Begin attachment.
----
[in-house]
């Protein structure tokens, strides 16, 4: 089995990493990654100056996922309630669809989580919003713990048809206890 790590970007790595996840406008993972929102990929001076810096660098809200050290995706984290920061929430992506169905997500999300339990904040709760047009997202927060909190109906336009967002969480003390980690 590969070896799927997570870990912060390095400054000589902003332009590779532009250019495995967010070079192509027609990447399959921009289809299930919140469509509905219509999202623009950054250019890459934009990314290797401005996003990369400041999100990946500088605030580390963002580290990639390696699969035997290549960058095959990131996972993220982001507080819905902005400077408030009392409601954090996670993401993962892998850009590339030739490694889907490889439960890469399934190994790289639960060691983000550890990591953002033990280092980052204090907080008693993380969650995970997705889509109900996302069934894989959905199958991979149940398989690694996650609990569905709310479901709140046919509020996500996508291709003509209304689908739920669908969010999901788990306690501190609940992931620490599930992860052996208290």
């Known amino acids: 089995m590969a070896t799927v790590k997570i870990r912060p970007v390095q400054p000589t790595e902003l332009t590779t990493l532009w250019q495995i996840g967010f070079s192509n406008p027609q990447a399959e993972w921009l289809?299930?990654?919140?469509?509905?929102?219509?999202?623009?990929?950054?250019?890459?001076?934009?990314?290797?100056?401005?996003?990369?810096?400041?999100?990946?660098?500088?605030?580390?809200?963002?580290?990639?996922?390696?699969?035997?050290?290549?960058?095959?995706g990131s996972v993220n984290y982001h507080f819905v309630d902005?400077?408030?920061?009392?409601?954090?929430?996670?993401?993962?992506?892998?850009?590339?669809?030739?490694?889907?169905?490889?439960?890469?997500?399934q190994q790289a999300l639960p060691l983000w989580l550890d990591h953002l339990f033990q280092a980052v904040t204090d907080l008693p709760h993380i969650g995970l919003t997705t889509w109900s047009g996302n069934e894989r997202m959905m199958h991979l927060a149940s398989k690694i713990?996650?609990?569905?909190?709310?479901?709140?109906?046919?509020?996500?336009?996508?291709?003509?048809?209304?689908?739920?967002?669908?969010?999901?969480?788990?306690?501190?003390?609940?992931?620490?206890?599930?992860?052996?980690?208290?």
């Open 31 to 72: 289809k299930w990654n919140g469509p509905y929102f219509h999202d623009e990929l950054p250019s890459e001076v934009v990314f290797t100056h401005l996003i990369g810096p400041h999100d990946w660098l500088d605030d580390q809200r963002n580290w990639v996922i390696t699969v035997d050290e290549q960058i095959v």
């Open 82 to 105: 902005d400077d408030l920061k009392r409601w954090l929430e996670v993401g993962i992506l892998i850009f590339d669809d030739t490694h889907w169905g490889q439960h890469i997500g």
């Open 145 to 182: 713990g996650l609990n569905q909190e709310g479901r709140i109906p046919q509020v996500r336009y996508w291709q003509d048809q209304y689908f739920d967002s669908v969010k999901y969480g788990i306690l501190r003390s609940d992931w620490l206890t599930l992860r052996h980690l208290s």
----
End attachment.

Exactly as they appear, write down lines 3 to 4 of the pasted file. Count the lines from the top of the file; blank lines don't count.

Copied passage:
């Known amino acids: 089995m590969a070896t799927v790590k997570i870990r912060p970007v390095q400054p000589t790595e902003l332009t590779t990493l532009w250019q495995i996840g967010f070079s192509n406008p027609q990447a399959e993972w921009l289809?299930?990654?919140?469509?509905?929102?219509?999202?623009?990929?950054?250019?890459?001076?934009?990314?290797?100056?401005?996003?990369?810096?400041?999100?990946?660098?500088?605030?580390?809200?963002?580290?990639?996922?390696?699969?035997?050290?290549?960058?095959?995706g990131s996972v993220n984290y982001h507080f819905v309630d902005?400077?408030?920061?009392?409601?954090?929430?996670?993401?993962?992506?892998?850009?590339?669809?030739?490694?889907?169905?490889?439960?890469?997500?399934q190994q790289a999300l639960p060691l983000w989580l550890d990591h953002l339990f033990q280092a980052v904040t204090d907080l008693p709760h993380i969650g995970l919003t997705t889509w109900s047009g996302n069934e894989r997202m959905m199958h991979l927060a149940s398989k690694i713990?996650?609990?569905?909190?709310?479901?709140?109906?046919?509020?996500?336009?996508?291709?003509?048809?209304?689908?739920?967002?669908?969010?999901?969480?788990?306690?501190?003390?609940?992931?620490?206890?599930?992860?052996?980690?208290?």
């Open 31 to 72: 289809k299930w990654n919140g469509p509905y929102f219509h999202d623009e990929l950054p250019s890459e001076v934009v990314f290797t100056h401005l996003i990369g810096p400041h999100d990946w660098l500088d605030d580390q809200r963002n580290w990639v996922i390696t699969v035997d050290e290549q960058i095959v």